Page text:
Benefits of Direct Detection for Molecular Respiratory Assays
The number of Food and Drug Administration (FDA)–cleared molecular diagnostics for acute respiratory tract infections has increased significantly over the last decade. Studies have shown that multiplex molecular testing for multiple respiratory viruses can be more cost-effective than traditional antigen- or culture-based methods. However, respiratory specimen samples, such as sputum, nasal swabs and saliva, contains inhibitors that can interfere with PCR amplification by interacting directly with the target DNA and blocking the activity of the polymerase or other PCR mixture components. In order to prevent this interference, RNA or DNA is typically first extracted from the sample before PCR is performed.
Point-of-Care Using Saliva-Specific
Saliva has been extensively studied as a diagnostic specimen due to its non-invasive and simple sample collection/logistics. Similar to serum, saliva contains hormones, antibodies, growth factors, enzymes, and microbes that can be used as biomarkers for disease detection. Combining direct detection with non-invasive sample collection, using specimens such as saliva, provides the ideal combination for next-generation screening assays. However, there have been challenges in adopting saliva for molecular diagnostics due to the low concentration of analytes and high concentration of PCR inhibitors. Meridian’s newest master mixes, Specimen-Specific™ Direct Saliva, help overcome the challenges in developing saliva direct detection assays. These mixes are optimized for sensitive and robust performance using crude saliva specimens and are ready-to-use, only requiring the addition of assay-specific primers and probes. In addition, they are formulated for downstream lyophilization or air-drying to create ambient temperature stable assays which are ideal for point-of-care applications.
Sensitive qPCR detection in multiplex assays using samples with Universal Transport Media (up to 35% UTM)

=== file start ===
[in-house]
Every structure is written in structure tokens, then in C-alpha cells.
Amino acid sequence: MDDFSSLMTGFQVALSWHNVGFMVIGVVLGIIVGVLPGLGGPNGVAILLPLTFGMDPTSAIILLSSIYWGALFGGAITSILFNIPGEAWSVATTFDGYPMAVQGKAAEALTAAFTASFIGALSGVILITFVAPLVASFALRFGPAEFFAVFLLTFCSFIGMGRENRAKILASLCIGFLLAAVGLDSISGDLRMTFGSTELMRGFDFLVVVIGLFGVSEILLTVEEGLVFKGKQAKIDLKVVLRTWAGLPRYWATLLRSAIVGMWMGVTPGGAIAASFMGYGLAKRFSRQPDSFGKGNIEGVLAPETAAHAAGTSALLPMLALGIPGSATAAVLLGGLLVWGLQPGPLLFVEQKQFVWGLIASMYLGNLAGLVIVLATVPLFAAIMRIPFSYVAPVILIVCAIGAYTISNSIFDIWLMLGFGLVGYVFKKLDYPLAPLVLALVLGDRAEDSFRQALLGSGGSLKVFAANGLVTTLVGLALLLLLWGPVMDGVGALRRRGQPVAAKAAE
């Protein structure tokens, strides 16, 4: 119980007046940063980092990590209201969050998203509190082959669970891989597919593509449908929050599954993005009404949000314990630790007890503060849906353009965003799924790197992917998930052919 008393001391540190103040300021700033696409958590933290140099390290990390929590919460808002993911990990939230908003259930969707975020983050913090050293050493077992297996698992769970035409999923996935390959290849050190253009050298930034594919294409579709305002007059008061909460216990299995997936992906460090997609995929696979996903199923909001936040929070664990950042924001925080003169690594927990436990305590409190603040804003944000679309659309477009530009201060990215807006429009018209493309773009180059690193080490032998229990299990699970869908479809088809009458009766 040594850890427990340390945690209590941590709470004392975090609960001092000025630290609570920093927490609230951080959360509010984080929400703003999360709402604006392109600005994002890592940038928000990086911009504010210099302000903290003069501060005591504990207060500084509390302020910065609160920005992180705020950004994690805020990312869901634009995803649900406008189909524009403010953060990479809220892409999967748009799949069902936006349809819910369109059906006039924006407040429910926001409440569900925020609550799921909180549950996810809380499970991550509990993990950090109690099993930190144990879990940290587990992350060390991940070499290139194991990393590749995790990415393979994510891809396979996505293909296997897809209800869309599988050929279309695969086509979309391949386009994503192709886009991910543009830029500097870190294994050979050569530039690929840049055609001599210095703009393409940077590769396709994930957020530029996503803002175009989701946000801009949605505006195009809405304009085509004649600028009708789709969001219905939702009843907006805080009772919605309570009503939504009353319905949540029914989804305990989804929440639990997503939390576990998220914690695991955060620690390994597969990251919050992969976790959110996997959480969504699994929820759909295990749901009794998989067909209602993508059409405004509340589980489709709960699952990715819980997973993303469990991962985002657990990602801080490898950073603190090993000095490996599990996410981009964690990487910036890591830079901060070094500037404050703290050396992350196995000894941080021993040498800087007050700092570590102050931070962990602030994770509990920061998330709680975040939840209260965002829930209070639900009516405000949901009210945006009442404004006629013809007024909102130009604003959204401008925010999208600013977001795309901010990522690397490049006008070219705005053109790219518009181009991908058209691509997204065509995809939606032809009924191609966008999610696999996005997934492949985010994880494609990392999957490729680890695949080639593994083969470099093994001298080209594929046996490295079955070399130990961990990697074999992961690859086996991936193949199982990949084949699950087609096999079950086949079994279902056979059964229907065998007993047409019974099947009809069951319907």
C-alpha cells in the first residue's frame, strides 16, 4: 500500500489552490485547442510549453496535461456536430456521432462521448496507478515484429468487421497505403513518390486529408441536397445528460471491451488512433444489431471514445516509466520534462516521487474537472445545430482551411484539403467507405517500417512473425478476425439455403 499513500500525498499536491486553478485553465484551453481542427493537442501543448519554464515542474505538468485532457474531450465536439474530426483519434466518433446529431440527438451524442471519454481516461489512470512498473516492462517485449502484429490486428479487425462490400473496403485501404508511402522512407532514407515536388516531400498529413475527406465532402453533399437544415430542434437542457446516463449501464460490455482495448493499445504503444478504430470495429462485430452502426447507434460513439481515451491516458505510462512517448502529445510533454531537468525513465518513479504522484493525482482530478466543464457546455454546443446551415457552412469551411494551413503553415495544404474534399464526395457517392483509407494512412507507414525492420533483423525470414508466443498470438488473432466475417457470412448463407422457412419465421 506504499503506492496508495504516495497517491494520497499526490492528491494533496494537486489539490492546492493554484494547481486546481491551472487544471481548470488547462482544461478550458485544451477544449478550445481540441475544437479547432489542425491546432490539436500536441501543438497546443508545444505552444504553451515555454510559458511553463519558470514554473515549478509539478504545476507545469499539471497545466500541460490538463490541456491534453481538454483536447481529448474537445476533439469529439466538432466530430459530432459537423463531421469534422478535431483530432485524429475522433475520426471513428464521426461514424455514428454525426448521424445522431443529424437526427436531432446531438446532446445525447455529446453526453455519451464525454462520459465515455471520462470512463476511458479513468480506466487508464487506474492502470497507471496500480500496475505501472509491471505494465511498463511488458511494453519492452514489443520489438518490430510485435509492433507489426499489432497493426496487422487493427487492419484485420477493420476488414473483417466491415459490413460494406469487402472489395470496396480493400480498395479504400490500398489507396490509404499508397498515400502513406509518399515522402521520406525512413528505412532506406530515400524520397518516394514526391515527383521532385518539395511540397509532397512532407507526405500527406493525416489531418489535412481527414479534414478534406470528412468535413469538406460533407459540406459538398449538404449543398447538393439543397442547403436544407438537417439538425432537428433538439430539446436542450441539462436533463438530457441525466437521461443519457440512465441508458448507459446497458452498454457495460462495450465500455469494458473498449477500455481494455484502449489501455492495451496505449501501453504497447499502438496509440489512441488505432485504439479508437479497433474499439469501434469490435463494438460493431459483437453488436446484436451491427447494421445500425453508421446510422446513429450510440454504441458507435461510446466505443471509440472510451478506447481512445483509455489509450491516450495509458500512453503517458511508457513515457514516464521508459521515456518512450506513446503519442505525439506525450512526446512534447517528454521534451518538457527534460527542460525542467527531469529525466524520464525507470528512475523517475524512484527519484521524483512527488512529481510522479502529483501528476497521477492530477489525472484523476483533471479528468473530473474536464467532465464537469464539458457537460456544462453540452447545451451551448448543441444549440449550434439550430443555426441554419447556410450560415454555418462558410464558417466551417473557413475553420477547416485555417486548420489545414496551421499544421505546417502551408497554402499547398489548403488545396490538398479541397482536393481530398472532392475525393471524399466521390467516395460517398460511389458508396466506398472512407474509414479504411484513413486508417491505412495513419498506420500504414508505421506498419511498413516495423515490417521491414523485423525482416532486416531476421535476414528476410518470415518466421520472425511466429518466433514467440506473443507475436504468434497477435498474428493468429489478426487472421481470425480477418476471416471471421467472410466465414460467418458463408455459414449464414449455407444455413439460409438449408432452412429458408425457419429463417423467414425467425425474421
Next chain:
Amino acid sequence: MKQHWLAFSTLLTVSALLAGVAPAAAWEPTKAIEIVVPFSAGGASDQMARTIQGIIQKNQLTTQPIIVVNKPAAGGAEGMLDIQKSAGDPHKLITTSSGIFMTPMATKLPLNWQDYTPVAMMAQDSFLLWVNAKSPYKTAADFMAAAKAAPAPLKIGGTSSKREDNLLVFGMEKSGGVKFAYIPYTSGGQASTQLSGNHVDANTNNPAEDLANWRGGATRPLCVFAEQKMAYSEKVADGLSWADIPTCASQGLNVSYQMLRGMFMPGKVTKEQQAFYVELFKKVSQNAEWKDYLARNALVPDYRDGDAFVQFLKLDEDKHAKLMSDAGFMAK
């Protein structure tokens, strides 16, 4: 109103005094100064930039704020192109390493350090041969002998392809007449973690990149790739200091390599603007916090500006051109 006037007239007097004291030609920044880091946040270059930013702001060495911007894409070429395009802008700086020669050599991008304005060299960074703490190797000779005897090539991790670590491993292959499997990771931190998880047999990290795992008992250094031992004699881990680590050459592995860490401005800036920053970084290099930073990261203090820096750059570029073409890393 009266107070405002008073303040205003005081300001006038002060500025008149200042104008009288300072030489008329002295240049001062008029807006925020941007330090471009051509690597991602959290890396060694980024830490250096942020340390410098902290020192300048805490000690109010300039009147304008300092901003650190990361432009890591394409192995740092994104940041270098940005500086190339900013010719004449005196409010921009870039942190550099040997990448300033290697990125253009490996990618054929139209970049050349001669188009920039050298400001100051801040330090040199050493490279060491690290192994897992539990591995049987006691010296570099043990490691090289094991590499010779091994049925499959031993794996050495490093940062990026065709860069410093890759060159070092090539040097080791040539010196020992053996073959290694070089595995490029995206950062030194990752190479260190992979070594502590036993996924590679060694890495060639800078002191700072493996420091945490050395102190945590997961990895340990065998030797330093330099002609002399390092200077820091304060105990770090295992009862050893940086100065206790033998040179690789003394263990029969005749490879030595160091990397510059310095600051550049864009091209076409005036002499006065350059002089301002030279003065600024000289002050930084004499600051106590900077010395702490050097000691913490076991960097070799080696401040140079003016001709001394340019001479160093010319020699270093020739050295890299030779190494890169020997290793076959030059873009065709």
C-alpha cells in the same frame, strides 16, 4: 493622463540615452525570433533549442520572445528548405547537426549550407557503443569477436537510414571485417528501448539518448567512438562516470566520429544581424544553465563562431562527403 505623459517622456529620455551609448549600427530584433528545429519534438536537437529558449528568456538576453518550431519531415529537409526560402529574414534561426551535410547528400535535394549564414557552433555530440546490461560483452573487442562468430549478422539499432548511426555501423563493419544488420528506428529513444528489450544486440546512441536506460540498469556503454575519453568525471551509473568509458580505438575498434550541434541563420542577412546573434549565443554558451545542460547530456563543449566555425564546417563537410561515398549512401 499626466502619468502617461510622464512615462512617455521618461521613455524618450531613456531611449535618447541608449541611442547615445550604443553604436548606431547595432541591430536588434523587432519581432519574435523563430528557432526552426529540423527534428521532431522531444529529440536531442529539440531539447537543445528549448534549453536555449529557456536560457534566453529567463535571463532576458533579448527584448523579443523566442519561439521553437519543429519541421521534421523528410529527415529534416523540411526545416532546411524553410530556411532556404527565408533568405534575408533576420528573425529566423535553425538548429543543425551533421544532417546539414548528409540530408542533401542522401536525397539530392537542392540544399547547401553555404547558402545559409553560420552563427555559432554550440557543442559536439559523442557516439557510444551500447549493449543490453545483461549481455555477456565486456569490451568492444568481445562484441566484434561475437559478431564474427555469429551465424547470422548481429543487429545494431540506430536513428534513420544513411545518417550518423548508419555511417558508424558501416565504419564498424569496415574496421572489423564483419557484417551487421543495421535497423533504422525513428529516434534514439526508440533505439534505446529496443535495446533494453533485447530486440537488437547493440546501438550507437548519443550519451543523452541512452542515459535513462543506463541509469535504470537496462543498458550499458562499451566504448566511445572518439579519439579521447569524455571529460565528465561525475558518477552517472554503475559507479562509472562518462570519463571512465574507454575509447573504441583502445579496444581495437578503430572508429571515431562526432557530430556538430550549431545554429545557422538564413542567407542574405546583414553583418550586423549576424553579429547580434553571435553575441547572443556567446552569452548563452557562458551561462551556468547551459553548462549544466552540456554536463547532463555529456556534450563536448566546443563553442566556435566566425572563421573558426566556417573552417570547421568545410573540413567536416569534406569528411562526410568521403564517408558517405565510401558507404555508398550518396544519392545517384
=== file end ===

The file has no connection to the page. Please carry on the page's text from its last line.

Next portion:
Air-Dryable™ Direct RNA/DNA qPCR Saliva (MDX131) was tested for its amplification efficiency in a multiplex reactions using samples that contained up to 35% Universal Transport Media (UTM). Three respiratory pathogens, Influenza A, Middle East Respiratory syndrome coronavirus (MERS-CoV) and Respiratory Syncytial Virus (RSV) were amplified in a triplex qPCR assay in the presence of 35% Universal Transport Media (UTM) with artificial sputum swab. The results illustrate that a higher performance was achieved with Air-Dryable™ Direct RNA/DNA qPCR Saliva (red) compared to the inhibitor-tolerant RT-qPCR mixes TaqPath™ (Thermo, black) or Ultraplex™ (QuantBio, grey).
Lyo-Ready™ Direct RNA/DNA LAMP Saliva: High inhibitor tolerance and fast amplification to deliver quicker time-to-results (TTR) in saliva, sputum and samples containing Universal Transport Media (UTM)
Primers for RSV were added to Lyo-Ready™ Direct RNA/DNA LAMP Saliva (MDX135) and lyophilized (blue) or added to NEB WarmStart® (orange) and kept as a liquid. The mixes were amplified using inactivated respiratory syncytial virus (RSV) RNA prepared with 30% human saliva, 30% Universal Transport Medium (UTM) with/without an artificial sputum swab, and Viral Transport Medium (VTM). All reactions were incubated at 65 °C for 60 minutes, and the average time to results (TTR) was measured at 1:10 of end fluorescence. Error bars represent the standard deviation across six technical replicates. Results show that MDX135 (blue) has a shorter TTR than NEB WarmStart® (orange) amplification across all sample types. The data suggests that MDX135 performs better with faster amplification across the range of inhibitors.
|Lyo-Ready™ 1-Step RT-qPCR Virus Mix||MDX062|
|Air-Dryable™ 1-Step RT-qPCR Mix||MDX095|
|Air-Dryable™ RT-LAMP 1-Step Mix||MDX118|
|Lyo-Ready™ RT-LAMP 1-Step Mix||MDX108|
|Glycerol-Free Taq SH 50U/mL||MDX011|
|High Conc. Glycerol-Free BST (100U/μL)||MDX018|
|Lyo-Ready™ qPCR Buffer, 2.5x||MDX022|
|Lyo-Ready™qPCR Buffer w/o Excipient, 4x||MDX061|